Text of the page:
- This topic has 1 reply, 2 voices, and was last updated 15 years, 3 months ago by Pete Giwojna.
November 8, 2008 at 7:34 pm #1561samandsandysmomMember
I have a 120 with cichlids right now – thinking of converting to salt – I have two aquaclear 110\’s and a fluval 205 for filtration – would those still work wiht new media? also have a rock bed – I assume I would want to replace that?
granted I cringe at the cost of the liverock – however would do seahorse only with some cleaning crew and gobies –
what do you guys think? also would have to find someone to sale my chiclids to –November 9, 2008 at 6:51 am #4508Pete GiwojnaGuest
It may not be as difficult to convert your 120-gallon cichlid tank for seahorses as you imagine, and an aquarium of that size would offer great stability and provide the superior height that is so important for a good seahorses.
For example, your existing light fixture should be more than adequate for seahorses, and your Aquaclear 110s and Fluval 250 will work very well for providing the biological filtration and water movement you want for a seahorse tank. It would be a good idea to supplement them with a good hang-on-the back protein skimmer, but that’s not a big deal and is an optional piece of equipment for the aquarium.
And you may not need to replace your rockwork at all. If you are using lace rock or grotto rock for your cichlids, that will work in saltwater just as well as it did in freshwater. Other types of rock, however, are best replaced with live rock since they may contain minerals that could leach out in the saltwater to the detriment of the fish and invertebrates. Even in that case, replacing the rock bottom with live rock may not be as expensive as you think, since you will not be using the live rock as your primary form of biofiltration, and can therefore get by with a lot less of it. You will just need to add sufficient live rock to provide stability and some denitrification ability.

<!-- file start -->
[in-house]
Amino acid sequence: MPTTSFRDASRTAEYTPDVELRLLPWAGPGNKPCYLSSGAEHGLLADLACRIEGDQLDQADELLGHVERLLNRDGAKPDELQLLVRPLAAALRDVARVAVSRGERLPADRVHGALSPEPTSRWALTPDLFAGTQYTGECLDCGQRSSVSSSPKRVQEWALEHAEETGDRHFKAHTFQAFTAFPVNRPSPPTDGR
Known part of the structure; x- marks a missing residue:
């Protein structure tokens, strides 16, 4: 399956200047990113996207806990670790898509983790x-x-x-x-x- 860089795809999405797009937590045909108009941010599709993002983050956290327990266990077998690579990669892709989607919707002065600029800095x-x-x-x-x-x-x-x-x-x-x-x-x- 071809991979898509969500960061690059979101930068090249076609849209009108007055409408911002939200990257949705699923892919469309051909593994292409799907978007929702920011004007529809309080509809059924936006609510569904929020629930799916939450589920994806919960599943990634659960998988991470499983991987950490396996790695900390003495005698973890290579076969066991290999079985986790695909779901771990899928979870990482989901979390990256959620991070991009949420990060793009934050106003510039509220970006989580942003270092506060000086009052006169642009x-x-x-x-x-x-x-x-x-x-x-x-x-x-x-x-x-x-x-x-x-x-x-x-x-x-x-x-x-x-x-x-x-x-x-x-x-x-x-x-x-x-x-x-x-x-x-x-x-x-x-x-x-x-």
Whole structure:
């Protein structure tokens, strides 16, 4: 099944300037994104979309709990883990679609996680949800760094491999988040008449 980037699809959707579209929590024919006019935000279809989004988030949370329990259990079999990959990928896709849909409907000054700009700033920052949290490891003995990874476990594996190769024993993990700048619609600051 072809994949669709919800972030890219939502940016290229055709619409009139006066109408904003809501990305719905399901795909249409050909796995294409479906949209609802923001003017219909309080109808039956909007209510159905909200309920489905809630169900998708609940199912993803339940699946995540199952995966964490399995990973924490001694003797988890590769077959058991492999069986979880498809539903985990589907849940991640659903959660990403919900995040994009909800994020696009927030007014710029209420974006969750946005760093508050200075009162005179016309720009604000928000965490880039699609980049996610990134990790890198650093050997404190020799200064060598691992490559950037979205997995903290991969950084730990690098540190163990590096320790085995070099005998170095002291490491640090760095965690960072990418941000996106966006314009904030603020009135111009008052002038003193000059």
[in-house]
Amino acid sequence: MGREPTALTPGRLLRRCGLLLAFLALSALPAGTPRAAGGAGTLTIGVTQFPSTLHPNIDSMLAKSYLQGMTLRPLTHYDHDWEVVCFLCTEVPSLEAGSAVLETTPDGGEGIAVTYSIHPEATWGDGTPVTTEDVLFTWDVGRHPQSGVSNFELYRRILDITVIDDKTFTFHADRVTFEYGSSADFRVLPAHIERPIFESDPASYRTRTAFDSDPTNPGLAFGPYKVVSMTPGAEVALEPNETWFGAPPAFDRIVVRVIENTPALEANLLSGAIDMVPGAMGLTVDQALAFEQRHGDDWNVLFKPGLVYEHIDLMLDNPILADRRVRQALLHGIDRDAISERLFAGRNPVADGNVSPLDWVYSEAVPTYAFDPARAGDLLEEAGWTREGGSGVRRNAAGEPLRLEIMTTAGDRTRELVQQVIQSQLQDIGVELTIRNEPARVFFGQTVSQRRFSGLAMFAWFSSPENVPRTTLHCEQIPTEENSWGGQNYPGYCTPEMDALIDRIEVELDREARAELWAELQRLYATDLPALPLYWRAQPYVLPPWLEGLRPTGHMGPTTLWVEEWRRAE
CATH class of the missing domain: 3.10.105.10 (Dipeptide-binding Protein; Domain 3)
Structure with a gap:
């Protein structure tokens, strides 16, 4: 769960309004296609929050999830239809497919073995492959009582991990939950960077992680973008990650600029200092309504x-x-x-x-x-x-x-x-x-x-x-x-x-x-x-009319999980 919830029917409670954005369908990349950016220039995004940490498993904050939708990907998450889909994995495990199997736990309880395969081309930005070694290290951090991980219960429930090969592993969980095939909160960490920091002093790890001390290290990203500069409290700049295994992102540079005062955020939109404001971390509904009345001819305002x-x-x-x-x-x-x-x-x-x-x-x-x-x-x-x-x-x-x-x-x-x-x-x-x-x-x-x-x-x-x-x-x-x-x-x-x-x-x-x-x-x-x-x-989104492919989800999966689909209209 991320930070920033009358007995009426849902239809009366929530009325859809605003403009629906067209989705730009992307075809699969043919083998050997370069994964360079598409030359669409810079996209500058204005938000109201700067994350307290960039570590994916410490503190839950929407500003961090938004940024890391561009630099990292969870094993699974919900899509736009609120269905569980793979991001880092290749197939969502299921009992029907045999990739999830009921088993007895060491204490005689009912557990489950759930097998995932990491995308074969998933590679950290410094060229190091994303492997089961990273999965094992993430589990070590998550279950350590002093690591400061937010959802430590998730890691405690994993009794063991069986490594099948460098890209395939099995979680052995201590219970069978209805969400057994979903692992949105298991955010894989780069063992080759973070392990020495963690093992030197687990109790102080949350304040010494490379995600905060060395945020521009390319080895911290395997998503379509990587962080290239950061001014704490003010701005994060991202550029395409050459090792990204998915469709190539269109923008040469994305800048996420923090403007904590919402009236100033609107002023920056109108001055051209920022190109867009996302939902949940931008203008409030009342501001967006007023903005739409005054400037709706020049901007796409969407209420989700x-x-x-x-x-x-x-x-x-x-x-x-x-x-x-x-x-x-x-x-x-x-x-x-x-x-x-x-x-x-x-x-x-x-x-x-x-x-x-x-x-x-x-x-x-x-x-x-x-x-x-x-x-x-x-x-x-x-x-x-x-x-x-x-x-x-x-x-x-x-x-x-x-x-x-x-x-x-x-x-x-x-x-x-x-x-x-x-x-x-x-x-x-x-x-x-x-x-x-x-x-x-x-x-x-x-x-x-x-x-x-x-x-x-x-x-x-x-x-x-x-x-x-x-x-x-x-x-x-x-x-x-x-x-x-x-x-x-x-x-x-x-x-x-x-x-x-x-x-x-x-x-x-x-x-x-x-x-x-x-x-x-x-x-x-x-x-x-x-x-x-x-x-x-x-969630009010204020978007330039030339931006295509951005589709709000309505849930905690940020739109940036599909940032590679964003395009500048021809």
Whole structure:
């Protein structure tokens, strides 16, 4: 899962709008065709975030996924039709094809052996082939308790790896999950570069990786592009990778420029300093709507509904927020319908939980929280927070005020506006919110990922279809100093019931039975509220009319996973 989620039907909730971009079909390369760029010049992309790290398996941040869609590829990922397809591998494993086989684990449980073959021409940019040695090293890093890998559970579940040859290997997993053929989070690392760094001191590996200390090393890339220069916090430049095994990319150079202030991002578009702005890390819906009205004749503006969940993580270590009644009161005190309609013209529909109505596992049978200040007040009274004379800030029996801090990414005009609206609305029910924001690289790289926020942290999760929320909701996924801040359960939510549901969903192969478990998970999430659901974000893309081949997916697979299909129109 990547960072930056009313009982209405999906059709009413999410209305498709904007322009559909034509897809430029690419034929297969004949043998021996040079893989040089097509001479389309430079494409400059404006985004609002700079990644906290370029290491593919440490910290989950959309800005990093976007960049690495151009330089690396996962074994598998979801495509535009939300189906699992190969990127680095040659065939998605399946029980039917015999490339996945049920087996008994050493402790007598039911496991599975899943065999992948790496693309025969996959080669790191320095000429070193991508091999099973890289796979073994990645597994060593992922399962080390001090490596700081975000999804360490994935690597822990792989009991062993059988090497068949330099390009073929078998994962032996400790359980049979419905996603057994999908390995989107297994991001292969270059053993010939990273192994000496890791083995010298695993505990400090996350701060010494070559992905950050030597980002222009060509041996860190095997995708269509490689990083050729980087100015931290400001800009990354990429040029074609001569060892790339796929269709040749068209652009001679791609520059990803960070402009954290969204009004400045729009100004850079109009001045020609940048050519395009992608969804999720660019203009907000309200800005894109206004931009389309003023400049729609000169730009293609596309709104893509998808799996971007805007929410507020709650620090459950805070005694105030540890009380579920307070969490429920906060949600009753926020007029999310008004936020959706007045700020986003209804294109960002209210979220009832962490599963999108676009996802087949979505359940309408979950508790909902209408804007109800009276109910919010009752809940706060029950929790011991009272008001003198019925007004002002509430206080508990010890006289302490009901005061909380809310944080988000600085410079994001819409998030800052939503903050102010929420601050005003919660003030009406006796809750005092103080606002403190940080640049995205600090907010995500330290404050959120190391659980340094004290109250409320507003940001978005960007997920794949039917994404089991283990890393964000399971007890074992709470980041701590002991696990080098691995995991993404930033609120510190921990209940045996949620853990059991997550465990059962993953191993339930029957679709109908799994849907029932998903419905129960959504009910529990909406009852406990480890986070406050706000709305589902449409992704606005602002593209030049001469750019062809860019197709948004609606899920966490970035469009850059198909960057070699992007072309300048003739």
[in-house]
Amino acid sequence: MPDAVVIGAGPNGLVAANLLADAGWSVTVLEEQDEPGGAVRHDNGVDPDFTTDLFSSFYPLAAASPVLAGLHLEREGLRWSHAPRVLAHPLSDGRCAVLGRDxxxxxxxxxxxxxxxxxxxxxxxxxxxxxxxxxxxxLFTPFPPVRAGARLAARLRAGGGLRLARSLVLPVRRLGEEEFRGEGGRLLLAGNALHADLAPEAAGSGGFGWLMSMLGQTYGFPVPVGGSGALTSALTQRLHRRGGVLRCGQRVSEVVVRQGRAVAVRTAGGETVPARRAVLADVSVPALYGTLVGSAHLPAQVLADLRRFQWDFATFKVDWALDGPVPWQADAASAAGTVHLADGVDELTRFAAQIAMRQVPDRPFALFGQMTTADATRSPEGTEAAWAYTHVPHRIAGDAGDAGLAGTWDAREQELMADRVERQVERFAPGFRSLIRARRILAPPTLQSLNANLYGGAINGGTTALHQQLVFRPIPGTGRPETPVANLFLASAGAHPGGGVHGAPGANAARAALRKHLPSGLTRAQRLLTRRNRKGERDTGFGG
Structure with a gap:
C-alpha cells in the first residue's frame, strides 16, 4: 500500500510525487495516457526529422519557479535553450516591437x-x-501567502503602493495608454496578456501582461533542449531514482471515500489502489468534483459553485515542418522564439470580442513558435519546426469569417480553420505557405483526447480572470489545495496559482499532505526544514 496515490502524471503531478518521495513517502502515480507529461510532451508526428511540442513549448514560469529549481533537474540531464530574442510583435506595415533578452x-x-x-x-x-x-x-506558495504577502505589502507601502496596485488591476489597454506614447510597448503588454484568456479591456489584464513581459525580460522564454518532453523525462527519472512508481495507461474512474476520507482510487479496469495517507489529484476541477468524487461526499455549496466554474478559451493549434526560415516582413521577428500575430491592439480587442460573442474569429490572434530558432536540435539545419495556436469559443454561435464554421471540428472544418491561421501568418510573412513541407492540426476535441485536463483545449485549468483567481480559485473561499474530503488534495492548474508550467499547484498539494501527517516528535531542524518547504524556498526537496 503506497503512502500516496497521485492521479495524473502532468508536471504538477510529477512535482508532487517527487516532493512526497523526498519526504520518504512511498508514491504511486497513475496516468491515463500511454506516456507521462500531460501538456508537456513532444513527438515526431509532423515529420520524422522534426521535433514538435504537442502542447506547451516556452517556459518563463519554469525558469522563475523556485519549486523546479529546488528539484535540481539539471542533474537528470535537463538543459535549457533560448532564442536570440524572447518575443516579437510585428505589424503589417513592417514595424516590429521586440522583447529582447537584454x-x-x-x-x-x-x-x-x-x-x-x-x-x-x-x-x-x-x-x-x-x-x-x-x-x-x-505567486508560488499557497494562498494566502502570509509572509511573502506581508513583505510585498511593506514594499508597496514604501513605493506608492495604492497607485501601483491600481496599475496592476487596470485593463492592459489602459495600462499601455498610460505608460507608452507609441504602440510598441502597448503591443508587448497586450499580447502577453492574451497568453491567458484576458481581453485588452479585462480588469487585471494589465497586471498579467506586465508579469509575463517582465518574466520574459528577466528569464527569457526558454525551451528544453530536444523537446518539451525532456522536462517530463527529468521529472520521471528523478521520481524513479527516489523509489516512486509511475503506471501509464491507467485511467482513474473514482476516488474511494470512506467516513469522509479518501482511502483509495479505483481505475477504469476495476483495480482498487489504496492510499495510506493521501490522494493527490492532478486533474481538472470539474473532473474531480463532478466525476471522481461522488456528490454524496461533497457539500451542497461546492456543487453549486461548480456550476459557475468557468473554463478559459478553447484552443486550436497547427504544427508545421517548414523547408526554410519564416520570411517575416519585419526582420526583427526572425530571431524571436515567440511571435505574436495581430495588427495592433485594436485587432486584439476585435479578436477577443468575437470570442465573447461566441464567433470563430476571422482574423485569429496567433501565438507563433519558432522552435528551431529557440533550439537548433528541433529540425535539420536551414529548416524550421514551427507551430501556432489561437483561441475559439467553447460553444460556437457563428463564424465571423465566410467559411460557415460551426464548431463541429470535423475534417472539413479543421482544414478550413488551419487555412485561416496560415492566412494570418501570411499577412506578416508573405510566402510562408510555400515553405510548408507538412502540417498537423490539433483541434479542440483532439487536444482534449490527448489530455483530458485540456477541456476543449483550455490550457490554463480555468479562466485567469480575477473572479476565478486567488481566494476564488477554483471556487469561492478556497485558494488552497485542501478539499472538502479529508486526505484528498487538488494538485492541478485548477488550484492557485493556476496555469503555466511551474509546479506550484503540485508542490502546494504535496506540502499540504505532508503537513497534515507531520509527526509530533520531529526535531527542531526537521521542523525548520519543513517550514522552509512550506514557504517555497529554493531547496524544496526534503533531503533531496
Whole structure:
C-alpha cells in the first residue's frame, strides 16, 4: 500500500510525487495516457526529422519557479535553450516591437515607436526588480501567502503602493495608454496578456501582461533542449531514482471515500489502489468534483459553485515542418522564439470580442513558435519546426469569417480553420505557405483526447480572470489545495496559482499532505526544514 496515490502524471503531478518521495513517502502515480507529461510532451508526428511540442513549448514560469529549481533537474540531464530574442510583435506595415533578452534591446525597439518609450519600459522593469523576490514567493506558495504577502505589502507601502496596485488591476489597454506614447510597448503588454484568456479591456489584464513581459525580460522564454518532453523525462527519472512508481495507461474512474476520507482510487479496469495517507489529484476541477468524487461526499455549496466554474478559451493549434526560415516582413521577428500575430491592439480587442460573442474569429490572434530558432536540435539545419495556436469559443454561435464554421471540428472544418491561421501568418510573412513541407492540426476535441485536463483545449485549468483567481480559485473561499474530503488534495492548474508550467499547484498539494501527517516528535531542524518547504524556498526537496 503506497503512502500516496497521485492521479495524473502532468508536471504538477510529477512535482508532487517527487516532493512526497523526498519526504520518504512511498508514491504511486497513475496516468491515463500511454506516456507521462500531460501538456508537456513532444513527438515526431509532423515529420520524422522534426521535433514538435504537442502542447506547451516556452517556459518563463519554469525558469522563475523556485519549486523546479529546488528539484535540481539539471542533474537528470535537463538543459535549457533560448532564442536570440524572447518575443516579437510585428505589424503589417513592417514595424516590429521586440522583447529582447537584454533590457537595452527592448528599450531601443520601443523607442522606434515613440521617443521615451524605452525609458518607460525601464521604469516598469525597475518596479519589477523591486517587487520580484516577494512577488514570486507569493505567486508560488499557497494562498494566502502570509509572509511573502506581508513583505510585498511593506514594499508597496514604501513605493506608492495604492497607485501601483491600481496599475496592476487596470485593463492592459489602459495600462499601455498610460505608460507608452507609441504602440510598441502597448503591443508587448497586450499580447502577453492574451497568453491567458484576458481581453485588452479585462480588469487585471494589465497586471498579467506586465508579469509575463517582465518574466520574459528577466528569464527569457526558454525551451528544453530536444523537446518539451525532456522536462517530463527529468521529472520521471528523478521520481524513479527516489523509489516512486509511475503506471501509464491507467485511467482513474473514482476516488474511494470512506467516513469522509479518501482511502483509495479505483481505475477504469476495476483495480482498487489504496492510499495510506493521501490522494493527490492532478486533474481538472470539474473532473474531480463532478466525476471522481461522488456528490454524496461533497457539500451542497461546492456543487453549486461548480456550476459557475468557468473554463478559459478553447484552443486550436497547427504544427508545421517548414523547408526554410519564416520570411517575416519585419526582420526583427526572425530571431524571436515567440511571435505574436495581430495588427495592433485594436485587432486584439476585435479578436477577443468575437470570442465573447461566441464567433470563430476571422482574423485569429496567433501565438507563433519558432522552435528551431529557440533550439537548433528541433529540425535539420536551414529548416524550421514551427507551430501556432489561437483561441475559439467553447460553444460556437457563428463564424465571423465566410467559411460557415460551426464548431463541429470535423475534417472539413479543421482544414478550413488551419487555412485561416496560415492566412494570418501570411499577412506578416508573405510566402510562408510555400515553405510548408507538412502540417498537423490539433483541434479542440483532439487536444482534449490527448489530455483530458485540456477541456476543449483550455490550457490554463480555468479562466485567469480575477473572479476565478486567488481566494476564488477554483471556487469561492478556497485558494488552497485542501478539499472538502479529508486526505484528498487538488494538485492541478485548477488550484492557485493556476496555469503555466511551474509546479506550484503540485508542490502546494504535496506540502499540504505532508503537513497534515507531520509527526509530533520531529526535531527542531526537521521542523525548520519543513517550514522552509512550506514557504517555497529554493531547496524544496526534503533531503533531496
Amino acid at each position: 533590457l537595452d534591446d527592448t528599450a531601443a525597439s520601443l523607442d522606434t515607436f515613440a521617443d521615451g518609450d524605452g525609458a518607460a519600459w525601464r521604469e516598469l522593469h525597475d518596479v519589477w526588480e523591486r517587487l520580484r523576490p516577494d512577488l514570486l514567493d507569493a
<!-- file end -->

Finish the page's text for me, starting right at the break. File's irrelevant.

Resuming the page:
Otherwise, you just need to add a shallow layer of live sand for the substrate and you should be all set. A thin layer of live sand, preferably black, is the ideal substrate for a SHOWLR tank. It is bioactive, aesthetically pleasing, and is a fine-grained sand well suited for the various snails that form an essential part of the cleanup crew for a seahorse tank. I find the dark color shows off my seahorses and macroalgae to great effect and enhances the appearance of tank in general.
The depth of a shallow sand bed like this is a crucial factor. Too deep, and you risk anaerobic dead spots where deadly hydrogen sulfide gas can form. Too shallow, and there will be less surface area to support beneficial nitrifying bacteria and Nassarius snails and other beneficial burrowers may feel vulnerable and exposed. A bed of live sand 3/4-inch to 1-inch deep is just right for the main tank. A properly layered Deep Live Sand Bed (DLSB) 3-6 inches deep with a full complement of sand shifters also works well with seahorses, but is best confined to a sump rather than the display tank due to the seahorse’s heavy waste production.
The type of sand I usually prefer for this is Nature’s Ocean Bio-Activ Live Aragonite Black Beach sand. A thin layer of the sand should make the ideal substrate for your aquarium, and you can order it online from the following site:
Otherwise, either the Arag-Alive Indo-Pacific Black Sand by CaribSea or else the CaribSea Tropical Isle Tahitian Moon Black Sand would be good alternatives. You can obtain them online from Premium Aquatics and a number of other sources, and either of them should also work well for the substrate in a seahorse tank.
You will also need to add some suitable hitching posts and holdfasts for the seahorses to perch on, and this is what I normally advise hobbyists in that regard, mom:
When aquascaping a seahorse tank, the idea is to create a complex, natural environment for the seahorses with lots of shelter, well-shaded retreats, and convenient hitching posts. Seahorses prefer a fairly elaborate setup with lots of microhabitats that offers them plenty of cover and sight barriers so that they don’t feel vulnerable and exposed.
The plants and decorations can be real or synthetic, or a mixture of both. You can combine live plants with synthetic plants and live corals with artificial corals as you please in order to provide colorful, natural surroundings for your seahorses and create an aesthetically pleasing aquascape that will make your seahorses feel right at home.
A certain amount of complexity is desirable in a seahorse setup. For example, a tank with too few attachment sites and hitching posts is a stressful environment for seahorses, as is a sparsely decorated aquarium that leaves these secretive animals feeling vulnerable and exposed. Such sterile environments are commonplace when seahorses are being maintained under laboratory conditions. A Spartan setup facilitates feeding, water changes and maintenance, in general, but it can adversely affect the behavior of the inhabitants and may even prevent captive seahorses from breeding.